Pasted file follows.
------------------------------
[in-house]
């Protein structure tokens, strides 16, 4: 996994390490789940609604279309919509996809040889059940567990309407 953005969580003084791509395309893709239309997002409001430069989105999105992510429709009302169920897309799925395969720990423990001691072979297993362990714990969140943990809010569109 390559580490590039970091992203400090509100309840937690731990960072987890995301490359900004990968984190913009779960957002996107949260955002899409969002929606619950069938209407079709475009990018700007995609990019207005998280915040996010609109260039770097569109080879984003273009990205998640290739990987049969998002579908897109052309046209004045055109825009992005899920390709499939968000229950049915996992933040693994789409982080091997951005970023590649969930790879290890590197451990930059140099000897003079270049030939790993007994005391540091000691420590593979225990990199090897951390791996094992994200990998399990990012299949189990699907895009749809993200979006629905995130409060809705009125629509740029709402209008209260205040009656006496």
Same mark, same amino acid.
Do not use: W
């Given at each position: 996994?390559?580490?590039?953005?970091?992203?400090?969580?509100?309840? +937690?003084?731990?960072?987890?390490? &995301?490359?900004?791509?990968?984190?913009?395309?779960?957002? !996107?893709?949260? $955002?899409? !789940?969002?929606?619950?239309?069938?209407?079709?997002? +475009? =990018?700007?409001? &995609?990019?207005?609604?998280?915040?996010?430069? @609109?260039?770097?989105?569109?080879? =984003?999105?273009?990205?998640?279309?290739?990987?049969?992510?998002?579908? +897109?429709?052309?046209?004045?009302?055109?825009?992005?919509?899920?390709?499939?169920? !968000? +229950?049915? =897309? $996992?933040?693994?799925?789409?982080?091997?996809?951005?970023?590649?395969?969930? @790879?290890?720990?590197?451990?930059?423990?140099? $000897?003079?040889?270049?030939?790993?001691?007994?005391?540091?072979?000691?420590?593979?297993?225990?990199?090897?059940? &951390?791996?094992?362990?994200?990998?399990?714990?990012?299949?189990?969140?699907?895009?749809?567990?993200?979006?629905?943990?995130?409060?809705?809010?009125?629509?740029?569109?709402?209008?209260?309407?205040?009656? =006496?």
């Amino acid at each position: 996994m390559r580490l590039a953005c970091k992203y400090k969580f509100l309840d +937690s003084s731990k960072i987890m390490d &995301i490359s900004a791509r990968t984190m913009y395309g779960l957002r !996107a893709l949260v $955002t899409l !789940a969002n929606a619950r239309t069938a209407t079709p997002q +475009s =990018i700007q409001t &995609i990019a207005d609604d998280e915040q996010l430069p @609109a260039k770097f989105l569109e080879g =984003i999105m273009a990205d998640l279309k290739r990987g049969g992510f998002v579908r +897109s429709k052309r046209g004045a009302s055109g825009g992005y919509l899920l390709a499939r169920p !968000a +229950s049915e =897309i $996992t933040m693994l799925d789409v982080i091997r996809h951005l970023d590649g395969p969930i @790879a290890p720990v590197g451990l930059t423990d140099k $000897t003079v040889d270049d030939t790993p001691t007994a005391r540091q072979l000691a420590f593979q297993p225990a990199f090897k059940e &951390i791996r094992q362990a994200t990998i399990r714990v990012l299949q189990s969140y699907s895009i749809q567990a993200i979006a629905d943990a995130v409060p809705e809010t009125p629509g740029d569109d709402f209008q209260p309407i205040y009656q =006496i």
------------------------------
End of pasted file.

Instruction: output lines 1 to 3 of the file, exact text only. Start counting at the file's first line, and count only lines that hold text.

[in-house]
């Protein structure tokens, strides 16, 4: 996994390490789940609604279309919509996809040889059940567990309407 953005969580003084791509395309893709239309997002409001430069989105999105992510429709009302169920897309799925395969720990423990001691072979297993362990714990969140943990809010569109 390559580490590039970091992203400090509100309840937690731990960072987890995301490359900004990968984190913009779960957002996107949260955002899409969002929606619950069938209407079709475009990018700007995609990019207005998280915040996010609109260039770097569109080879984003273009990205998640290739990987049969998002579908897109052309046209004045055109825009992005899920390709499939968000229950049915996992933040693994789409982080091997951005970023590649969930790879290890590197451990930059140099000897003079270049030939790993007994005391540091000691420590593979225990990199090897951390791996094992994200990998399990990012299949189990699907895009749809993200979006629905995130409060809705009125629509740029709402209008209260205040009656006496």
Same mark, same amino acid.